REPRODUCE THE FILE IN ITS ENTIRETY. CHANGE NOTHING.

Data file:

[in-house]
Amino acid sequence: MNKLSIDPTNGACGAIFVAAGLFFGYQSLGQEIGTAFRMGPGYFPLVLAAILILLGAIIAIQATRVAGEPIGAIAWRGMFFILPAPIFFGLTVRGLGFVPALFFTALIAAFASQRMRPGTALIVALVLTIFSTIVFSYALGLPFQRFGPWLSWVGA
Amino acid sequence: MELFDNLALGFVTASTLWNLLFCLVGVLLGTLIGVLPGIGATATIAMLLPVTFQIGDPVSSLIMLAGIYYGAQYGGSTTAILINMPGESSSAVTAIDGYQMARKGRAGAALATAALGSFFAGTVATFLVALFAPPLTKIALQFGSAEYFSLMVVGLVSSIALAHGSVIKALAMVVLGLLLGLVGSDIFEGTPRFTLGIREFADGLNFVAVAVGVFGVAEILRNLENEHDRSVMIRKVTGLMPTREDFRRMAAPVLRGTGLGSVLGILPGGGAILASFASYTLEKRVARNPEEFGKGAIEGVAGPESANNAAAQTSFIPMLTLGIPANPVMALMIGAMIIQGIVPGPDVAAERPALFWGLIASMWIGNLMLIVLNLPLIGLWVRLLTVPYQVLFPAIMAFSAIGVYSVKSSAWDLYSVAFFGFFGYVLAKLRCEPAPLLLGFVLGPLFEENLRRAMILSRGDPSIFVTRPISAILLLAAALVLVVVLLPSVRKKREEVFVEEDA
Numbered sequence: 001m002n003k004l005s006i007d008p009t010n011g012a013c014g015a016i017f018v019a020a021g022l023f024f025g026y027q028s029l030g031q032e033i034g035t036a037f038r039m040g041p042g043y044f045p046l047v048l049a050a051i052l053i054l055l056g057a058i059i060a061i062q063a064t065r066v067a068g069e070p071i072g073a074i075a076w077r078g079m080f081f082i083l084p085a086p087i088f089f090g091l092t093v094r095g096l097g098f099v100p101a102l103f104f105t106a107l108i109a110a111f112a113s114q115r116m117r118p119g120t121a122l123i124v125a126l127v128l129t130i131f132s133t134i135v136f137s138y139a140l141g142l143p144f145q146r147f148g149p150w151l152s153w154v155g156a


[in-house]
Amino acid sequence: MNKLSIDPTNGACGAIFVAAGLFFGYQSLGQEIGTAFRMGPGYFPLVLAAILILLGAIIAIQATRVAGEPIGAIAWRGMFFILPAPIFFGLTVRGLGFVPALFFTALIAAFASQRMRPGTALIVALVLTIFSTIVFSYALGLPFQRFGPWLSWVGA
Amino acid sequence: MELFDNLALGFVTASTLWNLLFCLVGVLLGTLIGVLPGIGATATIAMLLPVTFQIGDPVSSLIMLAGIYYGAQYGGSTTAILINMPGESSSAVTAIDGYQMARKGRAGAALATAALGSFFAGTVATFLVALFAPPLTKIALQFGSAEYFSLMVVGLVSSIALAHGSVIKALAMVVLGLLLGLVGSDIFEGTPRFTLGIREFADGLNFVAVAVGVFGVAEILRNLENEHDRSVMIRKVTGLMPTREDFRRMAAPVLRGTGLGSVLGILPGGGAILASFASYTLEKRVARNPEEFGKGAIEGVAGPESANNAAAQTSFIPMLTLGIPANPVMALMIGAMIIQGIVPGPDVAAERPALFWGLIASMWIGNLMLIVLNLPLIGLWVRLLTVPYQVLFPAIMAFSAIGVYSVKSSAWDLYSVAFFGFFGYVLAKLRCEPAPLLLGFVLGPLFEENLRRAMILSRGDPSIFVTRPISAILLLAAALVLVVVLLPSVRKKREEVFVEEDA
Numbered sequence: 001m002n003k004l005s006i007d008p009t010n011g012a013c014g015a016i017f018v019a020a021g022l023f024f025g026y027q028s029l030g031q032e033i034g035t036a037f038r039m040g041p042g043y044f045p046l047v048l049a050a051i052l053i054l055l056g057a058i059i060a061i062q063a064t065r066v067a068g069e070p071i072g073a074i075a076w077r078g079m080f081f082i083l084p085a086p087i088f089f090g091l092t093v094r095g096l097g098f099v100p101a102l103f104f105t106a107l108i109a110a111f112a113s114q115r116m117r118p119g120t121a122l123i124v125a126l127v128l129t130i131f132s133t134i135v136f137s138y139a140l141g142l143p144f145q146r147f148g149p150w151l152s153w154v155g156a